A third body lay at Chamberlain's head. Pulling the skirt of the man's coat over his face, Chamberlain tried to get some sleep. He had just drifted off when a hand pulled the garment away and a "half vampire-like" visage stared intently into his face. It was a soldier looking for the body of a friend. The man started when Chamberlain spoke, not expecting to find the living among the dead. He moved on, and Chamberlain resumed his uneasy sleep. Nearby, a window blind flapped mournfully in the wind as if to say, "Never-forever; Forever-never!"
Chamberlain was not alone in his macabre vigil. A few hundred yards away a soldier in the 1st Minnesota Volunteers likewise sought shelter from the bone-chilling winds by crawling under the blanket of a comrade. When he awoke the following day, he found he had been resting next to a corpse. "With cold chills creeping all over me, I sought my place in the ranks and tried to 'forget it,'" he recalled. He never would.
The Union army's commander was also awake that night. Gen. Ambrose E. Burnside clattered across a pontoon bridge into town after midnight, Dec. 14, to confer with his officers in Fredericksburg. The commander "was cheerful in his tone and did not seem greatly oppressed," remembered Gen. Darius Couch, "but it was plain that he felt he had led us to a great disaster, and one knowing him so long and well as myself could see that he wished his body was also lying in front of Marye's Heights. I never felt so badly for a man in my life."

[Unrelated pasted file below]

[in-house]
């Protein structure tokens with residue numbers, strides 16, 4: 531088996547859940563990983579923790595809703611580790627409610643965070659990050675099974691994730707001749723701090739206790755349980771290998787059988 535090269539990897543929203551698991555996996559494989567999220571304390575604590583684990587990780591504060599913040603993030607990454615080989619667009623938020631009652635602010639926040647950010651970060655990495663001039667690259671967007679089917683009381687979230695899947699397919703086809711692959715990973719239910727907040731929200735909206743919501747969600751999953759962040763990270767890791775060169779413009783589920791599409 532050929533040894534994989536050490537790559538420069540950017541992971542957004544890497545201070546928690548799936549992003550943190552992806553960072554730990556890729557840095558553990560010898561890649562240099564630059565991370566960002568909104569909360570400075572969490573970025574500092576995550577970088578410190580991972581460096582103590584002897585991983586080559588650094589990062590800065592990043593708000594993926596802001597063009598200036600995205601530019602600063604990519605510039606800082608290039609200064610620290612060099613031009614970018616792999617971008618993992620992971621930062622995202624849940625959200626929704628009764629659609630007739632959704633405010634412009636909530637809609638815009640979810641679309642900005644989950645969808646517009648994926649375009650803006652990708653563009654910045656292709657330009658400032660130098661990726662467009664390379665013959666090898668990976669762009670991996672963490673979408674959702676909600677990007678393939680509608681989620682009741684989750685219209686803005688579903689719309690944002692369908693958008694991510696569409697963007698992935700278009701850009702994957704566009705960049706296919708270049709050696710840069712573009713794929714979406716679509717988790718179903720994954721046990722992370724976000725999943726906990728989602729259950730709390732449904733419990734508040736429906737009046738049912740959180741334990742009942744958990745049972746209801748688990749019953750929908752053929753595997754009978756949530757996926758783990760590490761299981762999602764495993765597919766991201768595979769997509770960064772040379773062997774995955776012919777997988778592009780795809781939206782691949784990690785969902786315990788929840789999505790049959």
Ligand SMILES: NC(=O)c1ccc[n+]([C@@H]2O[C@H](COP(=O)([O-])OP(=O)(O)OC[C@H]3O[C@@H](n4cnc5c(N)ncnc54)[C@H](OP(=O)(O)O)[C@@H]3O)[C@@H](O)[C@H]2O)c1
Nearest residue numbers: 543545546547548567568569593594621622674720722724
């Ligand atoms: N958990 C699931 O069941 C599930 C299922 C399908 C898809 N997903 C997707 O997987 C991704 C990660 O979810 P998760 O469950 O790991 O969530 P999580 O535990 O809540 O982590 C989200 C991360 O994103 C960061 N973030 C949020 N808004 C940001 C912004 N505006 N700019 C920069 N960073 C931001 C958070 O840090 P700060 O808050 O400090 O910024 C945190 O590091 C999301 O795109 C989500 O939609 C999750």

Gen. William F. "Baldy" Smith also witnessed the general's despair. Walking into his commanding general's tent the following day, Smith found Burnside walking up and down alone and distracted, "apparently in great distress of mind." Seeing Smith, Burnside blurted out, "Oh! those men! oh! those men!" When Smith asked him what he meant, Burnside pointed across the river toward Marye's Heights, where thousands of his men lay dead or dying on the frosty turf. "I am thinking of them all the time," he said.
As dawn approached, Burnside issued orders to the army for another attack on Marye's Heights. This time, instead of attacking in waves, as he had done before, he would mass the 9th Corps--his old command --in the Hazel Run Valley and rush the Heights in a column of regiments: a solid block of men some 36 files deep and perhaps 200 ranks wide.